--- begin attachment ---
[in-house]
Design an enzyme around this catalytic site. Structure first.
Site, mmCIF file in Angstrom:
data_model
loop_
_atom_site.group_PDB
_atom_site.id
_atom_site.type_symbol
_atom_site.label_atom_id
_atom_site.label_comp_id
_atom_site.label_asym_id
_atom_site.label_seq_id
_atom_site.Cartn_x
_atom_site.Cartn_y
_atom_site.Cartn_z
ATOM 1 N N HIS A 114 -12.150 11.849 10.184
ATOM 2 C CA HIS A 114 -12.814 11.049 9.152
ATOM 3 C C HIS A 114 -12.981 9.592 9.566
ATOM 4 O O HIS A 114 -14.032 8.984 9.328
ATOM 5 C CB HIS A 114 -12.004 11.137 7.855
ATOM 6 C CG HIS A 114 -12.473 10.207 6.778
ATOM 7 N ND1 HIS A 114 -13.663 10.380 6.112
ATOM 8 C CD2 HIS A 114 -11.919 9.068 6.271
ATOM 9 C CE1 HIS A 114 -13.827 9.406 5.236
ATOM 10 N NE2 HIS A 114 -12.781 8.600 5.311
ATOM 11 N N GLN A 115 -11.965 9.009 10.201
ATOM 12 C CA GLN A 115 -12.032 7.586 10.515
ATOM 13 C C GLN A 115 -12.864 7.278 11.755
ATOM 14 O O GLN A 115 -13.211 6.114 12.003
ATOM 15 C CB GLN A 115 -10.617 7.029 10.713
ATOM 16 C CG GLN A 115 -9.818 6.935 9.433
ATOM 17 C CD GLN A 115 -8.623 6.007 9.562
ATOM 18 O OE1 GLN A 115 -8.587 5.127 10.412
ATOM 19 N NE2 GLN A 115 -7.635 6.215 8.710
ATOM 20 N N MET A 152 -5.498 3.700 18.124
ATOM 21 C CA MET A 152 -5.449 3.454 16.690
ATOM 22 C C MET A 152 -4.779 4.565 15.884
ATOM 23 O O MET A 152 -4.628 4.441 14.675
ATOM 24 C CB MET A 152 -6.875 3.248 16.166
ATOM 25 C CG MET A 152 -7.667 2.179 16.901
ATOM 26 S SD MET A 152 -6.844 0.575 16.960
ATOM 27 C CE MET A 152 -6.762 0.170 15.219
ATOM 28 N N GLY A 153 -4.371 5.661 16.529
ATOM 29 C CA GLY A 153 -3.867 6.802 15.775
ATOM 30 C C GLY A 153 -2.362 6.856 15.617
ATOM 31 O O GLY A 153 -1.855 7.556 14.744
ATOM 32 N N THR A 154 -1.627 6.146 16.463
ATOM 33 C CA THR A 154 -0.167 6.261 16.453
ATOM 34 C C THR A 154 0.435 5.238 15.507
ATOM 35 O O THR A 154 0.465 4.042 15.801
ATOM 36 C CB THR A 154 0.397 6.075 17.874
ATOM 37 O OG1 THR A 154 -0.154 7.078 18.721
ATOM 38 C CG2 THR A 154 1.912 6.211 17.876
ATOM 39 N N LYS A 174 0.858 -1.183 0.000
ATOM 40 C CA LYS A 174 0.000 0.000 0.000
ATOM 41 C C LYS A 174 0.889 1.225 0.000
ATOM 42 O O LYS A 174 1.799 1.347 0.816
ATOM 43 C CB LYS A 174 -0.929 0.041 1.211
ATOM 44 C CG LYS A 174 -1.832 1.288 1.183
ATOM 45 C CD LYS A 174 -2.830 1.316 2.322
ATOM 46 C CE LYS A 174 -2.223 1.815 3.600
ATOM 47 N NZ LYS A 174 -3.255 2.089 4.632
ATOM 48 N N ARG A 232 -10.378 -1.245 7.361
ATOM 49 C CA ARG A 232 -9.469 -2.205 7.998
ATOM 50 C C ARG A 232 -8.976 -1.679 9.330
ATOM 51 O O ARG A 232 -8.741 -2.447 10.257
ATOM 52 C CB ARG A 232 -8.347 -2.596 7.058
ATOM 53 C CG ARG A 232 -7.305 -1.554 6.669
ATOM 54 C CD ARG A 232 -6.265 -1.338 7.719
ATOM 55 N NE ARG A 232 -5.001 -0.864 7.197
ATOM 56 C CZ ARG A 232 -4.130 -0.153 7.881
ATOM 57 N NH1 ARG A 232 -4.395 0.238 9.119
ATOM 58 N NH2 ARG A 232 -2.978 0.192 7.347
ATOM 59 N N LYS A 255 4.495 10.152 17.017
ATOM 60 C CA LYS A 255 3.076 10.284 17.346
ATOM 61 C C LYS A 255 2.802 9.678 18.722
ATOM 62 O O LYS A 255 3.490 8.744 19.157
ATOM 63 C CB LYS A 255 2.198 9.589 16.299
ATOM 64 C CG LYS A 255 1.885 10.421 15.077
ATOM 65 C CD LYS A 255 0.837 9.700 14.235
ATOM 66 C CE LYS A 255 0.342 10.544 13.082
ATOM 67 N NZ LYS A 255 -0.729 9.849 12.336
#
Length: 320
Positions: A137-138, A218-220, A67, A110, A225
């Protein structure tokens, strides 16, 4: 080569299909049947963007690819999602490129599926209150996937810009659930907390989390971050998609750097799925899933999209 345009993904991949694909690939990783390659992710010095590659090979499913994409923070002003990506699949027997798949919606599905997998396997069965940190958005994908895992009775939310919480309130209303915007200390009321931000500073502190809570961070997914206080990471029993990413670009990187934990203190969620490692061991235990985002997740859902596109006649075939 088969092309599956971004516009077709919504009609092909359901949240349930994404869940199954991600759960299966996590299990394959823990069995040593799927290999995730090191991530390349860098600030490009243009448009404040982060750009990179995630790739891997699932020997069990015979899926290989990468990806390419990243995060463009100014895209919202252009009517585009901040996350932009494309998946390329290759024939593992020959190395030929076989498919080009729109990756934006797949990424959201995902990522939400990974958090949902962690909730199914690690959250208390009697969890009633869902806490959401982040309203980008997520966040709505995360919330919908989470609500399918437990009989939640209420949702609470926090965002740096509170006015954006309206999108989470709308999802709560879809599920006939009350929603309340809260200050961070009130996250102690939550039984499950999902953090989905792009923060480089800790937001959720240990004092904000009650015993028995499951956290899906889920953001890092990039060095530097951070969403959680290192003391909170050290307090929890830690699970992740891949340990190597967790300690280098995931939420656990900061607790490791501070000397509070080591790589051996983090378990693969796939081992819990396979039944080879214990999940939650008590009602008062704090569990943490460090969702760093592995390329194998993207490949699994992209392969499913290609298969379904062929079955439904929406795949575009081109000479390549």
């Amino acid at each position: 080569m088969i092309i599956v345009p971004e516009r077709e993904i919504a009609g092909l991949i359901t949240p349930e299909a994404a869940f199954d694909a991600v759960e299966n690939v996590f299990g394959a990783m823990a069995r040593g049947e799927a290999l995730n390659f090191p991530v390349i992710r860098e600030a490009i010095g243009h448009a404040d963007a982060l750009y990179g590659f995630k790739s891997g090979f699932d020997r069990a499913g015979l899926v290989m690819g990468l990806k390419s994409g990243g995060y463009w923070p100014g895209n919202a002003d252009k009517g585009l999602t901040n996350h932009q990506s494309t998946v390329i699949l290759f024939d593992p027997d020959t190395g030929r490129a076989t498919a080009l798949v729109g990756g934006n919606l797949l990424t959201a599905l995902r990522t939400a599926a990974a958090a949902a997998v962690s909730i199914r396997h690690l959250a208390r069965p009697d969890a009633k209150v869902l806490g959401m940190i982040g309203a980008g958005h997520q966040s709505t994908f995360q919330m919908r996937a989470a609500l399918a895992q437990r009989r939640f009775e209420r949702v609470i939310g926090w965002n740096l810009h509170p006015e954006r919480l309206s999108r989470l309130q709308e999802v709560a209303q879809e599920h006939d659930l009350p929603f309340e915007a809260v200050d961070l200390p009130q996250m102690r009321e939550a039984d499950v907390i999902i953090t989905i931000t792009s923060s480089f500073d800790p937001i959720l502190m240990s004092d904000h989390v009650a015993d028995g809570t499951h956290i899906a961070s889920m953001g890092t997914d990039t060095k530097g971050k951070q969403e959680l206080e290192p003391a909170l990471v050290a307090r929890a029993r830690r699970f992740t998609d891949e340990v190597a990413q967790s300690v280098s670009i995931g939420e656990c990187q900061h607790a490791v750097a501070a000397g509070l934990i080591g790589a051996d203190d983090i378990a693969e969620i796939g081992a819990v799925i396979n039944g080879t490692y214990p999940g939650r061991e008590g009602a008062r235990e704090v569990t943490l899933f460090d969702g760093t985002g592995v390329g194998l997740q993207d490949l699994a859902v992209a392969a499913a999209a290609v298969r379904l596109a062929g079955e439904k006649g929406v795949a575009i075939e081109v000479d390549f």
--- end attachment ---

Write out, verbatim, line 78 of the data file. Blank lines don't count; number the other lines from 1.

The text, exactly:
ATOM 63 C CB LYS A 255 2.198 9.589 16.299